"Fear of the government, fear of kidnapping, fear of harassment and abuse. These fears had kept the [Egyptian] regime in power for three decades. . . . This all changed on January 18th, 2011 when Asmaa Mahfouz decided to face her fears and ask others to join her in protest. She posted a video of herself online . . . calling on others to join her at a protest in Tahrir Square on January 25." Moral Heroes. [more]The rest, as they say, is history.
Amy Goodman's powerful and moving juxtaposition of that famous January 18 video with her own interview of 26-year-old Asmaa Mahfouz at the site of Occupy Wall Street, provided more than just a gentle reminder of this remarkable young woman's role in the news at the beginning of this year. It caused me to see her, what she did (and continues to do), what she stands for and represents, in a very much brighter, multi-faceted and awesome light.
Do watch this excerpt from Amy Goodman's "Democracy Now," of October 25, 2011. It runs from 12:00 minutes in, to 25:46:
From Tahrir to Wall Street: Egyptian Revolutionary Asmaa Mahfouz Speaks at Occupy Wall Street
(Actually, the cut begins 15 seconds before 12:00, with news from Occupy Oakland. And I apologize for not providing an embed here but, unlike YouTube (where the New York interview is not yet posted) it was not immediately clear how to embed the segment from Democracy Now into Blogger, other than the link it does provide for Blogger, above.)
The two videos that Amy Goodman has combined spark so many thoughts:
- This powerful, additional illustration of the insight I came to at least 35 years ago that I call "the natural superiority of women" (something Mahfouz demonstrates as well as espouses).
- I consider myself a feminist, in the dictionary sense of someone who is "advocating social, political, legal, and economic rights for women equal to those of men." As such, I think that men and women alike need to watch this video and reflect on what it represents.
- This young woman succeeded in shaming Egyptian men into joining in public protest: "If you think yourself a man, come with me on January 25th. Whoever says women shouldn't go to protests because they will get beaten, let him have some honor and manhood and come with me on January 25th. If you have honor and dignity as a man, come and protect me, and the other girls in the protest."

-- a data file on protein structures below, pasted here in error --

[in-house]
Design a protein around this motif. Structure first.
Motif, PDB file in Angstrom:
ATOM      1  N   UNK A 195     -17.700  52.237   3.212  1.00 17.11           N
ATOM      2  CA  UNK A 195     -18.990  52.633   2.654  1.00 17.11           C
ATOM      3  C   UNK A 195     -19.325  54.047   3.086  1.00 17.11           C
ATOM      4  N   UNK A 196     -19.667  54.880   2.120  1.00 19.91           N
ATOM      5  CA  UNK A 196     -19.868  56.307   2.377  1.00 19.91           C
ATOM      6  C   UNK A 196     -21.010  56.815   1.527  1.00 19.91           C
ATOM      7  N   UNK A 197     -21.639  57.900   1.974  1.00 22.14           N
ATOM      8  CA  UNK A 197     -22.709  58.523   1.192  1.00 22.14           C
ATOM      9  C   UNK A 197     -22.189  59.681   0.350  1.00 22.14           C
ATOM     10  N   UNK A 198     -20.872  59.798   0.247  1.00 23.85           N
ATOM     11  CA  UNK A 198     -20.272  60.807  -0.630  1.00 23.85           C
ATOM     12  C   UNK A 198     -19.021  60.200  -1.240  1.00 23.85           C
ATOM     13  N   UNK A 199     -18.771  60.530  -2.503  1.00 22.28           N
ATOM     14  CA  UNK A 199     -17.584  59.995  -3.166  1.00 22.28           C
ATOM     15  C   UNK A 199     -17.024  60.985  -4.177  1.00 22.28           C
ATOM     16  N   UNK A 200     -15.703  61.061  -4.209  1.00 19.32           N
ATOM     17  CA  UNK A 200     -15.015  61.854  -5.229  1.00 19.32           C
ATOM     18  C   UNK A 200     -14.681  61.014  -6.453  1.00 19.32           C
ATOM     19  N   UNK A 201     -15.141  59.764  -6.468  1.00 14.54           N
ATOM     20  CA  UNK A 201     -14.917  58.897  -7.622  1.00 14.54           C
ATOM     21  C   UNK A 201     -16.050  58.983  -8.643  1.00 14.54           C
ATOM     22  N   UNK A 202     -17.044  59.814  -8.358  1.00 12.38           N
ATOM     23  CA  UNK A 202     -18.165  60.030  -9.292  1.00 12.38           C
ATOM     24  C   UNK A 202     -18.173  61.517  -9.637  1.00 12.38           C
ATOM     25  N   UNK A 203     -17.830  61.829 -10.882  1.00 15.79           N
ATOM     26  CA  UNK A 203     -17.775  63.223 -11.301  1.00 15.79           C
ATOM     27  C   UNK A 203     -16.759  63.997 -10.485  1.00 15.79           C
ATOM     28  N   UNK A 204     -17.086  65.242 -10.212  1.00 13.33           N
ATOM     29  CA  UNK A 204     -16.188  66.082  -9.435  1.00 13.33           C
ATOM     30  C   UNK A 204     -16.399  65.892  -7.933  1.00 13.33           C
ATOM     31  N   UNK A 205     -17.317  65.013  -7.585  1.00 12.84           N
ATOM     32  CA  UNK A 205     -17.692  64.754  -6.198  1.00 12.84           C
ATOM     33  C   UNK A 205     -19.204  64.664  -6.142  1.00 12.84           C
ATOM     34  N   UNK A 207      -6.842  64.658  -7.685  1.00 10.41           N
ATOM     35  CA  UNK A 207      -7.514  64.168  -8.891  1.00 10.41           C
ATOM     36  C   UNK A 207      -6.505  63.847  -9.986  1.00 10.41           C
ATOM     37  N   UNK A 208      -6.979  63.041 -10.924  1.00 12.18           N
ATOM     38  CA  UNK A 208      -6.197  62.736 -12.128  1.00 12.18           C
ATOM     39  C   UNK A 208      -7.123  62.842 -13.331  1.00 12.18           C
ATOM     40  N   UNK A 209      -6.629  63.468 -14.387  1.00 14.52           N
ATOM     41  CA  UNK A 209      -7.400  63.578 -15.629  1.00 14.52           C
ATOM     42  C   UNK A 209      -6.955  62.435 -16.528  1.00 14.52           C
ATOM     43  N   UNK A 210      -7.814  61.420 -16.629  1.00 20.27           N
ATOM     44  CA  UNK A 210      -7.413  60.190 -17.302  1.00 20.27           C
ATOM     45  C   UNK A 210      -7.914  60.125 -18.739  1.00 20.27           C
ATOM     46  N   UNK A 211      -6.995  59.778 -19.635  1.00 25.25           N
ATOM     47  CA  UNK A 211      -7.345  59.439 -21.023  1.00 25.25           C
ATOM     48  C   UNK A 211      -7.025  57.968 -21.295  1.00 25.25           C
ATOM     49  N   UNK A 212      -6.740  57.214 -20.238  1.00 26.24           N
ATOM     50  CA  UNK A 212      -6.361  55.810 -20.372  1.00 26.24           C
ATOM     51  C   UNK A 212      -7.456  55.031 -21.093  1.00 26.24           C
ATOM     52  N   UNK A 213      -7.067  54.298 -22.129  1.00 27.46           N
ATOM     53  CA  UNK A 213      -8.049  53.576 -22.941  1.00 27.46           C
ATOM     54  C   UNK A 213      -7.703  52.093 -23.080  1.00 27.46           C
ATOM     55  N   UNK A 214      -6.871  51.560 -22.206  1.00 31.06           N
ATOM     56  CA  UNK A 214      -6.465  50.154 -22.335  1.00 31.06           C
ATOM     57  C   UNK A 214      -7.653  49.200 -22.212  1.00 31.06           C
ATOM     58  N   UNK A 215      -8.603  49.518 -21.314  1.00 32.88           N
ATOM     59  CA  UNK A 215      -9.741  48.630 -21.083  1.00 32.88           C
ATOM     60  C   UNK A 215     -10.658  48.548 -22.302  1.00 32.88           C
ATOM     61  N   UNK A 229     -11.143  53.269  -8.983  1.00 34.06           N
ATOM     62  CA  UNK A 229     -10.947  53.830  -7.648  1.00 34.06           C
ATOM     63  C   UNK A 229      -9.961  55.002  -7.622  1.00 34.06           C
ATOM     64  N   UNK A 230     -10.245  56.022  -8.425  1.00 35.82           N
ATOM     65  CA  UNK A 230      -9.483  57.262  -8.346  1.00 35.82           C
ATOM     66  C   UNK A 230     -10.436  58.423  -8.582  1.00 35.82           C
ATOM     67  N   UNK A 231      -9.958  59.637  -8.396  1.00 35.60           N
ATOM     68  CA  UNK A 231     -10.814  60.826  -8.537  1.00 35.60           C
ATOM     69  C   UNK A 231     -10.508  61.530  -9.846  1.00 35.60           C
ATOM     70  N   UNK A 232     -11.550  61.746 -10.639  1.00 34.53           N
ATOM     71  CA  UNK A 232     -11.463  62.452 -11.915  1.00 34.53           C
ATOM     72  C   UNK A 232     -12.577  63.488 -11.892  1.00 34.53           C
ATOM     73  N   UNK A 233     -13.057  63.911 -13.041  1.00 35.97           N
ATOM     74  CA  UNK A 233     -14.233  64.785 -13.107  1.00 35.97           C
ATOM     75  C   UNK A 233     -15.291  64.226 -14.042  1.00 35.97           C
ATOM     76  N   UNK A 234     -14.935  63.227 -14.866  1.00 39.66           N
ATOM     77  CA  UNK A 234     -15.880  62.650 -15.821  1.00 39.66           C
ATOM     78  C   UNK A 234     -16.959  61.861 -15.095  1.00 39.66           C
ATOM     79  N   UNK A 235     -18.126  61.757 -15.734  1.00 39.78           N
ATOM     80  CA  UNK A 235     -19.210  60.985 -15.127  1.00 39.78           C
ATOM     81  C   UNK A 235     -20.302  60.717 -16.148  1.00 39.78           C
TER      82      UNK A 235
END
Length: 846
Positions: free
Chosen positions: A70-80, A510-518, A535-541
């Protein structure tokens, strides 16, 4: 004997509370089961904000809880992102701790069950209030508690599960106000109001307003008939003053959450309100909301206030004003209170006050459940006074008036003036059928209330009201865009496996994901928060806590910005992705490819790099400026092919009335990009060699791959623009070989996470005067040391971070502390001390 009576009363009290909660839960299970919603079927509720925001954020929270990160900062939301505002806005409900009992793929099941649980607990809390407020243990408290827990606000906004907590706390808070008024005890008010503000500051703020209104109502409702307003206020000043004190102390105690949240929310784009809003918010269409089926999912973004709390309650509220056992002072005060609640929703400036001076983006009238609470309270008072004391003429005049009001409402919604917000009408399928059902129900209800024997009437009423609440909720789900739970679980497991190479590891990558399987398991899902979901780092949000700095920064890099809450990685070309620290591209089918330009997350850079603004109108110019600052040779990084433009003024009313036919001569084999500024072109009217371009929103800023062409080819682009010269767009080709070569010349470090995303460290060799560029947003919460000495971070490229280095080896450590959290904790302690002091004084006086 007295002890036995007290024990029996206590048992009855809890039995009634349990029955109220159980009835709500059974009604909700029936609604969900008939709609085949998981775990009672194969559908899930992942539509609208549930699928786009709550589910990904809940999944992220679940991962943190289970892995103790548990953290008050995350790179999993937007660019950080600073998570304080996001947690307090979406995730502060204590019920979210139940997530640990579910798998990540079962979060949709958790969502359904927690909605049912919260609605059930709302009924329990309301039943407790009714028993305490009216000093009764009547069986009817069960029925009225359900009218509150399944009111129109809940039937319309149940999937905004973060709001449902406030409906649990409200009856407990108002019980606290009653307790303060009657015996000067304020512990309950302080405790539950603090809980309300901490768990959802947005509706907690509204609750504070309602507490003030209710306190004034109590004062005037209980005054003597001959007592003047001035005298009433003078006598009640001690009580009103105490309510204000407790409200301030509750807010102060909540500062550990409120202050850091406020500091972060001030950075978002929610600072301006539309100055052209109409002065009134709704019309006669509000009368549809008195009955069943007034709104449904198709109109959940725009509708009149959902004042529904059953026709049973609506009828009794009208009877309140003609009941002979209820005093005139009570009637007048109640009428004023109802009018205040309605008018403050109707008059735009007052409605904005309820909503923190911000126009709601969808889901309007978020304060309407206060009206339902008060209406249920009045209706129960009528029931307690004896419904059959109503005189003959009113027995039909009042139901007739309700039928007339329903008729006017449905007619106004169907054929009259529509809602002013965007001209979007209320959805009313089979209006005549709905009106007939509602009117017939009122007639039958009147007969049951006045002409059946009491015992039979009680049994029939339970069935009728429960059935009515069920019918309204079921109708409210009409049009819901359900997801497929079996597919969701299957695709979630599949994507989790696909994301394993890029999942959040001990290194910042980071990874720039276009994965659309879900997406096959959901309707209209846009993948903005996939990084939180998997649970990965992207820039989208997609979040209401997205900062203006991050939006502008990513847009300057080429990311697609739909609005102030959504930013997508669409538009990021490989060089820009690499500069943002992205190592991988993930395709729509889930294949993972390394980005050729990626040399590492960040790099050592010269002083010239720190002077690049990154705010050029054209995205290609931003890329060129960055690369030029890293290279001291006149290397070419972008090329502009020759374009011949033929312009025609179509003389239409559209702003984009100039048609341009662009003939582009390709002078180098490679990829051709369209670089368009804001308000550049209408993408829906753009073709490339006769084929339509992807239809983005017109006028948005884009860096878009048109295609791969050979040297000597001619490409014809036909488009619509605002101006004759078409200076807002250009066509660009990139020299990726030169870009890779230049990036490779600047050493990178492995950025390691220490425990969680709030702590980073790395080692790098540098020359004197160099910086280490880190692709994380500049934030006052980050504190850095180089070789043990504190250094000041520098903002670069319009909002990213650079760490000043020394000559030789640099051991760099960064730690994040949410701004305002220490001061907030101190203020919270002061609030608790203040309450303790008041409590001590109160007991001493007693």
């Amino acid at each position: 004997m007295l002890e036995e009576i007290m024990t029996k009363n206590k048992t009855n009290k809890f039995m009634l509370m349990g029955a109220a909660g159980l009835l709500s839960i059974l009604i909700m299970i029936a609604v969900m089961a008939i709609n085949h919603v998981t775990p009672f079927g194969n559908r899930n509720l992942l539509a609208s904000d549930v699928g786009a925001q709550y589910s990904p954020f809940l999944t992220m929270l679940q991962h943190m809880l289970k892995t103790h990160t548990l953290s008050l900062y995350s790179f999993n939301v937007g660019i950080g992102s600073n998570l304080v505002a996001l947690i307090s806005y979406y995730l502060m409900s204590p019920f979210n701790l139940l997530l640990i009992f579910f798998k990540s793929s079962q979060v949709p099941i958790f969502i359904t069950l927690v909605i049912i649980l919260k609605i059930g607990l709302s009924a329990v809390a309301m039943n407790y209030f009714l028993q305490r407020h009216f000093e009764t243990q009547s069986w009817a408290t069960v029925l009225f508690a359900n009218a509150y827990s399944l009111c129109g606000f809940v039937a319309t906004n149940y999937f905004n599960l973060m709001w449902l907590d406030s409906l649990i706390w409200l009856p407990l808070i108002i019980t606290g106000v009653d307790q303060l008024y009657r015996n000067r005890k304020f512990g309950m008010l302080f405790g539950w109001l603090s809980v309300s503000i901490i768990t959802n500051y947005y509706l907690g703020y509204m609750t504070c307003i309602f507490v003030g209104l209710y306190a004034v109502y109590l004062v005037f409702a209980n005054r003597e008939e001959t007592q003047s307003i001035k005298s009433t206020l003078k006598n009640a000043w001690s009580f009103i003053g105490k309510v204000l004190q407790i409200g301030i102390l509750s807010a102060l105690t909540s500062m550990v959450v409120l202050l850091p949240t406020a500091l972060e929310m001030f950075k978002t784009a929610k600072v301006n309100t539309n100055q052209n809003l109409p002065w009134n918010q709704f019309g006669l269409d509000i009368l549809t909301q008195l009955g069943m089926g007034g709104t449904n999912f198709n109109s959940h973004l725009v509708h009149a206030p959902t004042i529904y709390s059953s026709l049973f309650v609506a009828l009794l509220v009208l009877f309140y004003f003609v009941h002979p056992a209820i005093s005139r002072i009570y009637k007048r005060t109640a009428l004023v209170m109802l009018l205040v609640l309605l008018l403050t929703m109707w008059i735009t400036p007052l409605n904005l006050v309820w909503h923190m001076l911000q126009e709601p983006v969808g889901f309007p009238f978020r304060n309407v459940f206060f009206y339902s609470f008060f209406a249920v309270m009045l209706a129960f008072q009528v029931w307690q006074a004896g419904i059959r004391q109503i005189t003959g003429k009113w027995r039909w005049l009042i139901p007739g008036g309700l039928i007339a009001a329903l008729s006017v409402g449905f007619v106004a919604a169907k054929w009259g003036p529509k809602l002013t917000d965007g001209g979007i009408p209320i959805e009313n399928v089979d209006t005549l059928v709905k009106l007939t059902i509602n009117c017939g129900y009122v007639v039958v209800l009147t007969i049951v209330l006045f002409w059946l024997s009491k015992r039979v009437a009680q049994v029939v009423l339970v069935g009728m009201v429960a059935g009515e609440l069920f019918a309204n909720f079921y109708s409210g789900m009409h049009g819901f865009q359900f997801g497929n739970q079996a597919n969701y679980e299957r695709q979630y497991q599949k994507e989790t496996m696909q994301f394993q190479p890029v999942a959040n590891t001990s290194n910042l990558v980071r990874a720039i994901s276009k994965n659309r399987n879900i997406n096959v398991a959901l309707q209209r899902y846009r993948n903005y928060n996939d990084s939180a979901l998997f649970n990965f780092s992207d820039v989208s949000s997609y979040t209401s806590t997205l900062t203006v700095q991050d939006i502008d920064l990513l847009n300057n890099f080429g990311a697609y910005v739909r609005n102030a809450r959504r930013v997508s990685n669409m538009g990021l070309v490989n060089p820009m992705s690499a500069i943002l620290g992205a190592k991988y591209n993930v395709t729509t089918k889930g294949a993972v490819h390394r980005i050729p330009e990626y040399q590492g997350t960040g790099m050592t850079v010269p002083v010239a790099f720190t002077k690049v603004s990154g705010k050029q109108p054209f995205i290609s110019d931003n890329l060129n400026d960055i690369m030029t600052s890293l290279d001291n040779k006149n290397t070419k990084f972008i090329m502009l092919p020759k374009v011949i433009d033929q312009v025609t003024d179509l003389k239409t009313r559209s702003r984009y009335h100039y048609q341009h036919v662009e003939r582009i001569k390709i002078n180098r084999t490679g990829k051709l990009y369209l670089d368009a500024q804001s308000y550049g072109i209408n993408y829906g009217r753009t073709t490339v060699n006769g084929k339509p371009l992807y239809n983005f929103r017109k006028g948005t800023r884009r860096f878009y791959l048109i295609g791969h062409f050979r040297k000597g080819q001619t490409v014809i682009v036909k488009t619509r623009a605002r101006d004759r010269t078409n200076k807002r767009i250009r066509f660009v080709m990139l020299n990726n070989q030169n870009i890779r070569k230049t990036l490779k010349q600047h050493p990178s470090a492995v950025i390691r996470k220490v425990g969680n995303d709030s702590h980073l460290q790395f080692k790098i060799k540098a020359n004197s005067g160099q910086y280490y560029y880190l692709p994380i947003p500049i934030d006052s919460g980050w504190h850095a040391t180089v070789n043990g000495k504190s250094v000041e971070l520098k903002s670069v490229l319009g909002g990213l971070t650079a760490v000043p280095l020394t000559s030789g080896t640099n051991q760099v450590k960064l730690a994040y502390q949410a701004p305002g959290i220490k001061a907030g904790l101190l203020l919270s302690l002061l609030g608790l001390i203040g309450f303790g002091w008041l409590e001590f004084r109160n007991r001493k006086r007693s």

- I am just so proud of this young woman, whose eyes now look down upon me from my law school office wall, next to those of Dr. King, as inspiration and reminder of how little I have accomplished, how little I have sacrificed, in a life I profess to have committed to "the public interest," compared with what they have each done in far fewer years. Aside from an occasional assassination threat (usually drunken), all I ever did was to willingly "speak truth to power," and espouse positions, that I knew would prevent my ever being offered the most lucrative jobs in Washington -- because I felt that's what "public service" requires of one. But no one ever actually took a shot at me; I didn't have a lot of desire for what those jobs require you to do anyway; and I'd even written a book about the virtues of knowing the difference between "enough" and "more" (Test Pattern for Living).
- Both King and Mahfouz knowingly confronted death (and one was killed) for the causes in which they believed. Aside from our brave military men and women in combat, and the journalists who bring us their stories (such as Christiane Amanpour), most displays of what passes for male macho shrivels by comparison.
- Her historic launching of the 2011 "Arab Spring."
- How an idea like non-violent protest, and the the power of ordinary people in a democracy, can spread -- from Gandhi, to Dr. King, to Asmaa Mahfouz, who then brings it back again to America, to inspire and encourage us at Occupy Wall Street and throughout our country.
- There were (and are) many uses of cyberspace, the Internet, and social media in this year's global popular protests; but none with the drama and impact of Mahfouz' video on her Facebook page, copied to YouTube, inspiring millions of Egyptians to action, and now seen by probably hundreds of millions more.
- For those who mourn for our species' future, and especially those (such as parents and teachers) who work with, and hope for, the coming generation, Mahfouz is a beacon of possibility, a reminder that -- while there may be none exactly like her -- there are others coming along who have at least some of her smarts, her courage, her natural leadership qualities, her moral values, and her ability to articulate (in at least two languages) all of the above.
- The spark of hope that may be found in "the American fall" that has followed "the Arab spring;" our own, very much smaller and milder, "Occupy" movement. A spark that she reached out and helped to fan with her presence at Occupy Wall Street.
- And to think she doesn't even have a law degree! Just a B.A. in business from Cairo University. Amazing. :>)
Here's to you, Asmaa! Thank you.